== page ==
Tom Brady has resurfaced on Facebook… but he’s not talking White House.
Brady’s marketing team posted a letter to the Patriots quarterback from NFL commissioner Roger Goodell that recognizes Brady’s contributions to the game, his performances in three Super Bowls, and being one of only 43 players to be named Super Bowl MVP.
With Super Bowl 50 on tap next, the NFL is launching “a year-long celebration of the first 49 Super Bowls that will conclude with this year’s game in San Francisco next February.”
As part of the festivities at Super Bowl 50, Brady has been invited to participate in an on-field ceremony prior to kickoff.
The caption on Brady’s photo reads: “What an honor… Hope I have my helmet on for the on-field ceremony in SF! #teameffort”
A fifth Super Bowl title would leapfrog Brady over Terry Bradshaw and, more importantly, Joe Montana, for sole possession among quarterbacks with the most rings in NFL history. But not only would Brady be able to accomplish the field at spanking-new Levi’s Stadium, he’d also get to win it in a city a stone’s throw from his hometown of San Mateo, California.
He would also best his boyhood idol in the discussion of the best the game has ever seen in the NFL’s 2015 host city of San Francisco, where Montana staked his claim as such a generation ago.
Until No. 12 came along.
If Brady still possesses the unequivocal drive that has helped build his future Hall of Fame career, the New England Patriots quarterback won’t slack on the opportunity to win back-to-back Super Bowl titles especially considering the ramifications, for this is a guy who clearly has excelled in the face of uncertainty.
Sixth-round draft pick? The Michigan product has smashed that doubt into veritable shards, a disbelief he even carried into his latest achievement — a victory in Super Bowl XLIX that silenced those foolishly wrapped up into the claims that his most recent successes were due to monkeying with the inflation levels on footballs.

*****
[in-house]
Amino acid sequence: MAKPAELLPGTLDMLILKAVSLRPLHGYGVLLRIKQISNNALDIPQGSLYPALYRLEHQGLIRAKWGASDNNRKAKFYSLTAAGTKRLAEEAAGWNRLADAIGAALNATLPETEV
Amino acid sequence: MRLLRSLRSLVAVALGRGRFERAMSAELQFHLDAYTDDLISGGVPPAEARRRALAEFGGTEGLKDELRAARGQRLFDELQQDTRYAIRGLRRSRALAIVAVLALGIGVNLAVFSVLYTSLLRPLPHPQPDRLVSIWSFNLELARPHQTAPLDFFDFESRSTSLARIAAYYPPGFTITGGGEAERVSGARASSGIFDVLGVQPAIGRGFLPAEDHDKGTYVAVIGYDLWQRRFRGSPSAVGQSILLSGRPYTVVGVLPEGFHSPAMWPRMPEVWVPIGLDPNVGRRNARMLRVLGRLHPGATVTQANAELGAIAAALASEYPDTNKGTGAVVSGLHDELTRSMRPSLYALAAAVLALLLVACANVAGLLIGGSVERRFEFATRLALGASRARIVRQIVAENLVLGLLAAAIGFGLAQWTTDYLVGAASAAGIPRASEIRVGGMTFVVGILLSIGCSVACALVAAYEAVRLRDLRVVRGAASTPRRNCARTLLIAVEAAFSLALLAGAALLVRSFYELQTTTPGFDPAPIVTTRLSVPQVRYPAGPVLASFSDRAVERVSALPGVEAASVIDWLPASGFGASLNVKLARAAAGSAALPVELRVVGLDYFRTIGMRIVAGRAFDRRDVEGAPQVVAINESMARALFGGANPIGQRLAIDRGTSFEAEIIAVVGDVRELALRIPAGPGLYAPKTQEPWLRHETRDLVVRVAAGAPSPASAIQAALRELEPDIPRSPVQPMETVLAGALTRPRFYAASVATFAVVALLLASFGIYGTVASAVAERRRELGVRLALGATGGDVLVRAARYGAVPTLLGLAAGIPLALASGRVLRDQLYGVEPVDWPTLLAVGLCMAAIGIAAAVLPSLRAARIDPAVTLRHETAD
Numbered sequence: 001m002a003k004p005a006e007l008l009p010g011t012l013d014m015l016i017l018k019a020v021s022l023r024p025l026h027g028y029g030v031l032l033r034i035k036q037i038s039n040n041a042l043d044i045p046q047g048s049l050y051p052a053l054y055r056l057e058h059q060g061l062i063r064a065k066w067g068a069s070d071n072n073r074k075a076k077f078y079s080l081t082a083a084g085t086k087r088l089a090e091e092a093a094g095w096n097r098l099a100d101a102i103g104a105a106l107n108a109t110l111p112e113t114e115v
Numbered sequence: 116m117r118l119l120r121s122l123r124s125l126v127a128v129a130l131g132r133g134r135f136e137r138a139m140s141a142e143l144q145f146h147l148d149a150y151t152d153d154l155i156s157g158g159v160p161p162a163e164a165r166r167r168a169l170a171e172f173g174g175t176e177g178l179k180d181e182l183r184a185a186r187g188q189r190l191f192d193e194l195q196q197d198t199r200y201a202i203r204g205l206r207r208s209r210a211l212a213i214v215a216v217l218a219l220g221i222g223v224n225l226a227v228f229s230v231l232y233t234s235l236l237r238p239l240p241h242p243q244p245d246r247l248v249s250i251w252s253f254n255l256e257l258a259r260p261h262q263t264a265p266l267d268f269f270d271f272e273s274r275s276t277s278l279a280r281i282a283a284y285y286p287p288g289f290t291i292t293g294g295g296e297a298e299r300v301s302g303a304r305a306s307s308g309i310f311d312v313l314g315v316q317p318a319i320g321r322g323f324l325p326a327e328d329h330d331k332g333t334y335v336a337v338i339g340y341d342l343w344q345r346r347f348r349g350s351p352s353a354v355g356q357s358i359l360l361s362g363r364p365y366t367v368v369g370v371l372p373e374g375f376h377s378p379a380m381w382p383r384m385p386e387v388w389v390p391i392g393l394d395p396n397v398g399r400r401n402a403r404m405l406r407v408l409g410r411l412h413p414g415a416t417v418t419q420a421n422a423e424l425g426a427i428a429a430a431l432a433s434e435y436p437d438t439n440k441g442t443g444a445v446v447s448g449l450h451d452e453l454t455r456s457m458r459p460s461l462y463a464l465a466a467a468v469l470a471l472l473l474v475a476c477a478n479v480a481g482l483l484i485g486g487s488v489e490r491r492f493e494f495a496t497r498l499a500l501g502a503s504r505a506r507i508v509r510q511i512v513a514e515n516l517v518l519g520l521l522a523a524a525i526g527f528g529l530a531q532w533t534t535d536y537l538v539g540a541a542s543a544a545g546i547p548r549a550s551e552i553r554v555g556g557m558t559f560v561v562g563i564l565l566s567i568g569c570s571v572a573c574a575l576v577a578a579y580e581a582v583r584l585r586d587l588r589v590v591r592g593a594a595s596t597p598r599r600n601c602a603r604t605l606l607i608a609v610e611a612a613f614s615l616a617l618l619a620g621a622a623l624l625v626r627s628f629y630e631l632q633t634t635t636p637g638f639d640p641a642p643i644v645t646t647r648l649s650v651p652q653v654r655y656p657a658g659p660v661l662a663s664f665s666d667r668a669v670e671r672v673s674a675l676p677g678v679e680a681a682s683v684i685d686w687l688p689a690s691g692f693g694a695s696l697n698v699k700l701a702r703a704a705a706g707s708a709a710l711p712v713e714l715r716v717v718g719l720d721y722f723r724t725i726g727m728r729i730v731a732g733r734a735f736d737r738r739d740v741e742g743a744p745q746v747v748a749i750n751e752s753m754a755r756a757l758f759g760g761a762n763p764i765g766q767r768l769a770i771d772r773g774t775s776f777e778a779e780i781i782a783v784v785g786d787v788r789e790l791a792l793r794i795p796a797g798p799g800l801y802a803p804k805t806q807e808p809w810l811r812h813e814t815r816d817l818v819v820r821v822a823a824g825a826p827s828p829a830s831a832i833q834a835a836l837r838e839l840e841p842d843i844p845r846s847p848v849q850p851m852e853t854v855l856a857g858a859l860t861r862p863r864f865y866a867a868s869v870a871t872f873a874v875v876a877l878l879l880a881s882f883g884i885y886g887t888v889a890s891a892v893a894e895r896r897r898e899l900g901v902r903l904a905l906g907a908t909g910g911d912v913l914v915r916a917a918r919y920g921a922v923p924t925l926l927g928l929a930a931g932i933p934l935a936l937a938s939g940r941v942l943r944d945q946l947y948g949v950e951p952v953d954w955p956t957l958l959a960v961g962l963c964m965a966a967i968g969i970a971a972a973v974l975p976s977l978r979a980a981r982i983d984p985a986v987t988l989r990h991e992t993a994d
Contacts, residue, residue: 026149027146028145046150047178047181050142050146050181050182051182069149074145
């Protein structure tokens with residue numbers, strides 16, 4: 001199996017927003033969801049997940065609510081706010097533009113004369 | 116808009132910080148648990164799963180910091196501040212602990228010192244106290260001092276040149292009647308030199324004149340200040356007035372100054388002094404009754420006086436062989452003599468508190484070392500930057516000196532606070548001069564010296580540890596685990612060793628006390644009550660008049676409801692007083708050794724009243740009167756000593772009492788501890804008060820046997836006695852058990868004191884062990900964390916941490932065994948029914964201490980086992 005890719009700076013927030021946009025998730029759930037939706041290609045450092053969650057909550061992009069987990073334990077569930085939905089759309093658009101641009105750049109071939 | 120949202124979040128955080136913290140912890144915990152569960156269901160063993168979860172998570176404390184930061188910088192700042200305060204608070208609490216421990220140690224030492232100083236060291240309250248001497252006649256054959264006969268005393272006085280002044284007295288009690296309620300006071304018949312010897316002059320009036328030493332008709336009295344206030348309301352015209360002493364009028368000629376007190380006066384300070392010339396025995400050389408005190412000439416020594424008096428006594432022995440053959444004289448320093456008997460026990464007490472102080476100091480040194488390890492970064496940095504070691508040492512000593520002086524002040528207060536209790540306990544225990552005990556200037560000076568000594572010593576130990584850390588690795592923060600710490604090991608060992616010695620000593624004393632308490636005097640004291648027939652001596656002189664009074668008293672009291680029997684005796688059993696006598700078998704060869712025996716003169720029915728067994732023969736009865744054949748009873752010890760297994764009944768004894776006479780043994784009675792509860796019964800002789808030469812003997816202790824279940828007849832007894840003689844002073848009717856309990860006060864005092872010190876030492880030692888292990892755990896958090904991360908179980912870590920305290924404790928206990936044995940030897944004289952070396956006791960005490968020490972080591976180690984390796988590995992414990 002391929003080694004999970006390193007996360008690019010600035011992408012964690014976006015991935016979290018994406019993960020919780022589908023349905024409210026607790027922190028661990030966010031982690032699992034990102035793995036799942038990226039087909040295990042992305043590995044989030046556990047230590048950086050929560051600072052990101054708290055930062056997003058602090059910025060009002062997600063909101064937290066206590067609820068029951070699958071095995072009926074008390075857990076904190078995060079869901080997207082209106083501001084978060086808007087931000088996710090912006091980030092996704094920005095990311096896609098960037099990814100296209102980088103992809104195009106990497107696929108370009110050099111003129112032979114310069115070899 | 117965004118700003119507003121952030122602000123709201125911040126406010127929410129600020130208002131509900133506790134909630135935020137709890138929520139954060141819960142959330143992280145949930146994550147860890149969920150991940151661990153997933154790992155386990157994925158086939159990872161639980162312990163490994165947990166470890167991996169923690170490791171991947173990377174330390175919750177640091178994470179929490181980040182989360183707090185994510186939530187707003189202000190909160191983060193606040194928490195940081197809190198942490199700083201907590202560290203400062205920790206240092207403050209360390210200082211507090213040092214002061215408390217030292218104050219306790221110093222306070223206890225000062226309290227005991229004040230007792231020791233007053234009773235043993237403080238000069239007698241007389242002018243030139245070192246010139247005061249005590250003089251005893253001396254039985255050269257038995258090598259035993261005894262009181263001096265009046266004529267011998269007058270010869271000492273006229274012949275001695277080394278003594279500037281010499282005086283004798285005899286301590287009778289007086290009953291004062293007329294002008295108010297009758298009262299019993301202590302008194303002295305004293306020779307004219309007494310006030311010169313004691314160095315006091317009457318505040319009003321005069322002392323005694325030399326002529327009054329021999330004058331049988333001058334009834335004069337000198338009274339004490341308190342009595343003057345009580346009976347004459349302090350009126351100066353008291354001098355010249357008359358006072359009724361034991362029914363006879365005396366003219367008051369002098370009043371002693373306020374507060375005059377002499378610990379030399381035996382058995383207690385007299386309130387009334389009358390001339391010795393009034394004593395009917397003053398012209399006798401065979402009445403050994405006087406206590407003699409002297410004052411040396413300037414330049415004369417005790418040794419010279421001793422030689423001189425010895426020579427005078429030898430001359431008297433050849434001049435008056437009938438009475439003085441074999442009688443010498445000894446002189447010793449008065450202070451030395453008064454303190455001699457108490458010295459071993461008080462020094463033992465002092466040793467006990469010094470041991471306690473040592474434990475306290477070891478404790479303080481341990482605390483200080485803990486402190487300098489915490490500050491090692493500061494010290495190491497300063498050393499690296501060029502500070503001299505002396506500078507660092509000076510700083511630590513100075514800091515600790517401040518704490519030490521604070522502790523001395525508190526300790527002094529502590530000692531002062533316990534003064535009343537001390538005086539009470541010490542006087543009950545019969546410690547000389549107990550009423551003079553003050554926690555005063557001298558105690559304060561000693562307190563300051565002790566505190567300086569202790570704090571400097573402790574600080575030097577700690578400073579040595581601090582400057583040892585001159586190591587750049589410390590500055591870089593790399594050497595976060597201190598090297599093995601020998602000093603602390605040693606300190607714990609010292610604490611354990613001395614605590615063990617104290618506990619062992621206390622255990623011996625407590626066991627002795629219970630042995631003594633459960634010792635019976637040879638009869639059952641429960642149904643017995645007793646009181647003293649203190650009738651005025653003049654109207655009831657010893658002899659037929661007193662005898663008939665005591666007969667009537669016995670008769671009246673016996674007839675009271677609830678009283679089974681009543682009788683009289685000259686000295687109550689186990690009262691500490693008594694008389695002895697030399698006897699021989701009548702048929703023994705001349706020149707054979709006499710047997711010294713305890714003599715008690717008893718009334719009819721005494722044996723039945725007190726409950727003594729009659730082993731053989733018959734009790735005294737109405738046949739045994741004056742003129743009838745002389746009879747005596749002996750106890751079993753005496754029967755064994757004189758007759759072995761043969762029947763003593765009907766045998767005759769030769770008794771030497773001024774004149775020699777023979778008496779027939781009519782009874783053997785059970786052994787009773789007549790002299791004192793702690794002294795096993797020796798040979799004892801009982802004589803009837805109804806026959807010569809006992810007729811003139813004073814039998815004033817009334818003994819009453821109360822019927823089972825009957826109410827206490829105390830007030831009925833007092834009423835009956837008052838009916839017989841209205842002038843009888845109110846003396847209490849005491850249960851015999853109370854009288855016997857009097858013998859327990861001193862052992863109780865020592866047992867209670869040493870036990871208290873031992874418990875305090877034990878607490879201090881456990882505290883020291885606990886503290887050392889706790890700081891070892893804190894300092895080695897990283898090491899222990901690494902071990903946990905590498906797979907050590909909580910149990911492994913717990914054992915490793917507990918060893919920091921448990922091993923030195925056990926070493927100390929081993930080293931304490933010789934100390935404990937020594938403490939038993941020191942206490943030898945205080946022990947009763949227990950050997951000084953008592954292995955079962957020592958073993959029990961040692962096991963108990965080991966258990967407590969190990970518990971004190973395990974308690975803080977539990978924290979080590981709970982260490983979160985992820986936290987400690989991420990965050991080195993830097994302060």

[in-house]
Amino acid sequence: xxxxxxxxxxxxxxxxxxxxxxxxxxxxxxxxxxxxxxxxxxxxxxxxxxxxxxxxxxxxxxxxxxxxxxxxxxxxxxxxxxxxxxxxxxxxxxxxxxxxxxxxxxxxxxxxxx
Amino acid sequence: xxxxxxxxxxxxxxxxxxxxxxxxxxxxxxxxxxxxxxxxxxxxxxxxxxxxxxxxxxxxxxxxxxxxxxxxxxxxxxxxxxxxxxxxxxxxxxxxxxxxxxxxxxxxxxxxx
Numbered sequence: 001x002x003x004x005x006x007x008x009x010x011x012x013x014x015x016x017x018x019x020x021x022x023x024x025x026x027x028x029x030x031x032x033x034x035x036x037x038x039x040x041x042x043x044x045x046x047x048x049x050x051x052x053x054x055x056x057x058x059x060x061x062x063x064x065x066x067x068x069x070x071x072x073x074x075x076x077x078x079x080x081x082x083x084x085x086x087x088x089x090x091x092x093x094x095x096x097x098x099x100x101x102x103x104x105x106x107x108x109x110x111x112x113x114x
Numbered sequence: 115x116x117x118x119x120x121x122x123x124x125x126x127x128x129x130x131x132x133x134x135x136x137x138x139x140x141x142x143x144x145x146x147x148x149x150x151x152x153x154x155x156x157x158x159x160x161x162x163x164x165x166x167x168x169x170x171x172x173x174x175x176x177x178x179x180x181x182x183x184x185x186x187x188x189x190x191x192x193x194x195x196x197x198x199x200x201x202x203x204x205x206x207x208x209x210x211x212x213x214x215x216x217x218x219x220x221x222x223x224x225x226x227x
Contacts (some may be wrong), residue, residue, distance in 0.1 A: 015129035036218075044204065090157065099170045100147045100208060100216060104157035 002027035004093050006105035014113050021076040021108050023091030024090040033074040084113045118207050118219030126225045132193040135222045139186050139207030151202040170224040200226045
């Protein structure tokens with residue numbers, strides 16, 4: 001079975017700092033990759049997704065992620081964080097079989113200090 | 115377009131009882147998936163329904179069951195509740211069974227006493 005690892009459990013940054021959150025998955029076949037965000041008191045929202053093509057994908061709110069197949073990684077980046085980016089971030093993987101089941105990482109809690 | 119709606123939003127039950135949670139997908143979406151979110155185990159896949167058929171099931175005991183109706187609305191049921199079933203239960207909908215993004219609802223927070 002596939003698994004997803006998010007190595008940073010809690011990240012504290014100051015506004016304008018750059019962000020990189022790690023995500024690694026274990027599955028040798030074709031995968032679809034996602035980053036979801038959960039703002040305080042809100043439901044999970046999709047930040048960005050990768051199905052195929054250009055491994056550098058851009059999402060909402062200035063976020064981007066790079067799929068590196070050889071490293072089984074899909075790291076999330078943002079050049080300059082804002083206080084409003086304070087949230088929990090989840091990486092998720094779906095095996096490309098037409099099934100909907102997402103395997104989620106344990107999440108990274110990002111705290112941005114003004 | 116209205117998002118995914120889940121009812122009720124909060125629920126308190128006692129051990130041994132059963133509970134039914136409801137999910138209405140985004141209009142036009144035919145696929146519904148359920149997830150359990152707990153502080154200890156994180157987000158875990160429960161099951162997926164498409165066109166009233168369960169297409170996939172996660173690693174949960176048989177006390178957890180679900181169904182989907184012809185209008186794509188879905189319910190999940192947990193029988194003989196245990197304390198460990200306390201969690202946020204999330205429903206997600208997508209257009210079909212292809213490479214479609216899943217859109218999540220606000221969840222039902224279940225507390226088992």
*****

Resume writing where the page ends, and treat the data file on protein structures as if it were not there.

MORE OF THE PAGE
That, you may recall, is now a group that includes none other than one Joe Montana.
“If I ever want a ball a certain way, I don’t do it myself. So, somebody did it for him,” Montana told The Boston Globe’s Chris Gasper in Phoenix, prior to the Patriots’ rousing 28-24 win over the Seattle Seahawks.. “But I don’t know why everybody is making a big deal out of trying to figure out who did it. It’s pretty simple. If it was done, it was done for a reason. There is only one guy that does it. Nobody else cares what the ball feels like.
“I mean it’s easy to figure out who did it. Did Tom do it? No, but Tom likes the balls that way, obviously, or you wouldn’t have 11 of them that way without him complaining because as a quarterback, you know how you like the ball. It’s a stupid thing to even be talking about because they shouldn’t have the rule anyway.”
And now that the NFL is ready to honor Brady for his accomplishments, it also appears the league is ready to rule on the Deflategate controversy.
“I never put myself in those discussions,” Brady said when asked to compare himself to Montana after the Super Bowl win over the Seahawks. “That’s not how I think. There are so many great players that have been on so many great teams, and we’ve had some great teams that haven’t won it. I think you just enjoy the moment.”
You have to think though it was a moment where Brady, who has long professed that his favorite title is “the next one,” had his eye squarely on the Bay Area he once called home, as well as the guy he aspired to be, and instead is destined to overcome.
“The guy is a great quarterback,” said Montana. “There is a category that people like to say, ‘the greatest to ever play,’ he is definitely in that category. But I think it’s hard to put anybody up there no matter who it might be. Go back and watch Otto Graham and Sammy Baugh. If you haven’t seen any footage, it’s ridiculous the things those guys did back then. I think it’s really hard to compare, but Tom obviously is having a tremendous career.”
Boston.com’s Eric Wilbur contributed to this report.